By Capt. Rick Murphy
Yamaha Pro Staff
Late May and early June are the prime tarpon fishing months in the Florida Keys as the fish migrate through the area before heading up the eastern coast of Florida. While Islamorada is known as ground zero for flats fishing, and in particular for targeting tarpon on fly, the fishing has really changed over the years as fishing pressure has increased.
There are just so many people chasing tarpon these days that the fish have deviated from their normal feeding patterns and we’ve had to adjust how we target these fish in order to be productive on the water. Between the clarity of the water and the amount of pressure the fish get in Islamorada, they don’t have enough distance between the boats to calm down after being spooked and get happy again and want to eat. So a lot of the times the fish you run into in Islamorada have been repeatedly pounded and just aren’t responsive to the fly or to eating anything.
Years ago, we all threw large flies at the fish, and those flies were designed to have a steady and fairly quick sink rate so that you could lead a fish by 10 feet and by the time you move the fly in front of the approaching fish it had sank three or four feet into the fish’s strike zone. Then in the last 10 to 15 years we’ve had to go to smaller flies to get the bite. Then it was sparser flies, flat tails instead of split tails, less flash—we’ve really pared down from what was once the standard Keys tarpon fly.
It’s to the point that we’re currently throwing flies that seem more appropriate for big bonefish than tarpon. Those flies don’t sink very fast. Now this year everyone is talking about using palolo flies that match the worm hatch that takes place in the Keys.
While I’m sure throwing a fly that you have confidence in will likely get you more bites because you will throw it more often and believe it will get eaten, there’s still a sink rate that has to be met for the fly to adequately be positioned in the path of an approaching fish. It’s an essential part of the presentation.
A lot of times we’re throwing at fish that are in seven or eight feet of water, and while the fish look like they’re just below the surface, they’re not, they’re four or five feet down. With the old tarpon flies, if you throw the fly six feet or ten feet in front of that fish, you have to immediately start stripping the fly because it sinks four inches because we’re using small hooks, no weight and floating lines, etc. Now with even smaller hooks and less feathers, the fly barely sinks at all, and you have to throw it 20 feet in front of the fish and let it sink until the fish gets there and hopefully it’s in front of the fish.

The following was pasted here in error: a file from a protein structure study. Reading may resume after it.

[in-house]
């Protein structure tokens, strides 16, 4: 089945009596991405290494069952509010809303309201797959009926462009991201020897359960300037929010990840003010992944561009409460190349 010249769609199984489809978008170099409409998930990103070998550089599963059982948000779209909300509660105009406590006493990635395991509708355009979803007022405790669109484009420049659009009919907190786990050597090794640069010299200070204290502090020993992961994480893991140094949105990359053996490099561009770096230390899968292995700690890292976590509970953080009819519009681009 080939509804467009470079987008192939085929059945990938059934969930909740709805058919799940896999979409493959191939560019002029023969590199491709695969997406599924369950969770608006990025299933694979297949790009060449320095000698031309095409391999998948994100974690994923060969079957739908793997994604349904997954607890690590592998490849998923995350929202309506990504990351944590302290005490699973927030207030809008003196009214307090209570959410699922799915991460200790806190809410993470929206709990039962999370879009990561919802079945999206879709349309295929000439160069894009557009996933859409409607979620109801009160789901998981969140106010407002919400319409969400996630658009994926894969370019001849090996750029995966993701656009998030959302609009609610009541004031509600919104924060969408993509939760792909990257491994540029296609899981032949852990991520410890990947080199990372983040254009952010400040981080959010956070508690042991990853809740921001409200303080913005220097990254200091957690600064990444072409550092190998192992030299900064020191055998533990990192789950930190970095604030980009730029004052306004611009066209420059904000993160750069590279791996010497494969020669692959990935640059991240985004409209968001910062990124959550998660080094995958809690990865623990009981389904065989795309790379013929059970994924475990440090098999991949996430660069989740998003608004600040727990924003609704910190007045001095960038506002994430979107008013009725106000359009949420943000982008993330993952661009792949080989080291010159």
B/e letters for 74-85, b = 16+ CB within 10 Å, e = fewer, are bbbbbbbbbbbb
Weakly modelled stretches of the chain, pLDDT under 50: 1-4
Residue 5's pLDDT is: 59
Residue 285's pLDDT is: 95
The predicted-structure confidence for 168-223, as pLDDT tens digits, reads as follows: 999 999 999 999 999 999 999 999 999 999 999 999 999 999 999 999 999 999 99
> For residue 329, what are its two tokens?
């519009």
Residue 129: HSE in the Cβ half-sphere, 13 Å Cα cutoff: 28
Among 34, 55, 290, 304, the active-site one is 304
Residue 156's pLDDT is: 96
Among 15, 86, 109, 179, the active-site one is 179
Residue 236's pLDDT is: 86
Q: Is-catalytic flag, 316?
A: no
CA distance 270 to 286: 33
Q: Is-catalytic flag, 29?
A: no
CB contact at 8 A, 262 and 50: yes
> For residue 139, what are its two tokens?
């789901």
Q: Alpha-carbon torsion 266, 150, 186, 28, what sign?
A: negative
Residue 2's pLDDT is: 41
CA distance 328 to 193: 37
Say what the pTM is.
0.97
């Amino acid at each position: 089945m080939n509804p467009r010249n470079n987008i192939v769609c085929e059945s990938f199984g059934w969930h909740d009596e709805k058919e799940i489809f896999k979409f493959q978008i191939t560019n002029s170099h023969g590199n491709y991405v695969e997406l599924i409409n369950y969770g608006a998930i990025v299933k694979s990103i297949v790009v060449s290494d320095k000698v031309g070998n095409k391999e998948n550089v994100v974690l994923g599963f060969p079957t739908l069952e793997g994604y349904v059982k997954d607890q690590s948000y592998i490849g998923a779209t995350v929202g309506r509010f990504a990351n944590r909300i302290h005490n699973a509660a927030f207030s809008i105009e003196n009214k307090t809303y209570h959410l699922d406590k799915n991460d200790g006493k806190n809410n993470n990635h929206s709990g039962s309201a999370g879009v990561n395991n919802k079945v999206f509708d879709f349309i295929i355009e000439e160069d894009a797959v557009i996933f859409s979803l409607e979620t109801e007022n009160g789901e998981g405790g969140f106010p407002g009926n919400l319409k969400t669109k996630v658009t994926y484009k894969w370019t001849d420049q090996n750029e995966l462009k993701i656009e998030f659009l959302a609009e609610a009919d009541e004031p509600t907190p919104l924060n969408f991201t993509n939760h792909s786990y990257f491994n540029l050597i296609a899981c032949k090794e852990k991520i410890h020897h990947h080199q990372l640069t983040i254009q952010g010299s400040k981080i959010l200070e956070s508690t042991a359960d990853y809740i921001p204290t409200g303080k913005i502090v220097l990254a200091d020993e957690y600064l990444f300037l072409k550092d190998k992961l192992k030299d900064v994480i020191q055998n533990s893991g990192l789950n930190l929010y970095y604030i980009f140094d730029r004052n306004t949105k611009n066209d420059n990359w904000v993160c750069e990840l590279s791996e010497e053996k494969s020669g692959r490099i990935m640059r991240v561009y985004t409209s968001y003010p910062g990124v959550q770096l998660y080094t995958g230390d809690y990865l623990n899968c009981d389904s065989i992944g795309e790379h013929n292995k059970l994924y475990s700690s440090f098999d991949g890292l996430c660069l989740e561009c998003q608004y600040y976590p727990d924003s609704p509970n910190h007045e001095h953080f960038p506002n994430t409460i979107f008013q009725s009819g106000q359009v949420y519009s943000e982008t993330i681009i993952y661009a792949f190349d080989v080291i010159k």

You can’t tell because you can’t see the fly, you’re lucky if you can see the nail knot. So you start stripping and hopefully you get the bite. To me, that’s not tarpon fishing.
At some point in time, we’re going to go down in size of flies and leaders that all you’re looking for is a bite and one jump before the fish breaks off. Right now, to get the bite in clear water at Islamorada you have to go down to 40-pound fluorocarbon bite tippet, which is pretty thin and doesn’t give you very good odds of landing a fish before it wears through the leader.
My options in the Keys are to pare down to super tiny flies, super light and super long leaders and expect to throw at fish and constantly get denied, or I can make a long run into the backcountry where the fish haven’t been pressured and use the more historic tarpon fly fishing techniques and patterns, which is what I’ve opted to do. So I’m running from Islamorada way into the backcountry of Florida Bay just to get to areas that don’t have a lot of fishing pressure, and when you travel this far every day, you get a good feel for how fuel efficient the 150 h.p. Yamaha four stroke is on an 18’ Maverick Mirage HPX flats skiff. I’ve done a bunch of testing lately with a lot of different prop applications with this boat/motor pairing and the Yamaha Pro Series Prop still seems to be the best combination of speed, performance and fuel efficiency. The Yamaha Pro Series Prop just gets so much more lift than the other props.
I’m burning 15.5 gallons per hour running wide open at 57-58 mph with a full load, which is pretty impressive. I’m running about 120 miles round trip on a daily basis, and between starts and stops I’m burning about 28 gallons, which breaks down to about 4.5 miles per gallon, which if you know me and how I run wide open everywhere, you know that’s impressive gas mileage.
I could sit on the ocean side flats and watch my client make 100 casts and get three good shots at the fish and maybe get one bite, or I can run to the back and watch him make 20 casts and jump10 fish. To me, the classic style of getting the tarpon bite where you see the fish and watch it eat are what tarpon fishing is all about. So I’ll make that run every day, knowing I have the reliability to get to the fish and home quickly, efficiently and economically. And that is Florida Keys tarpon fishing.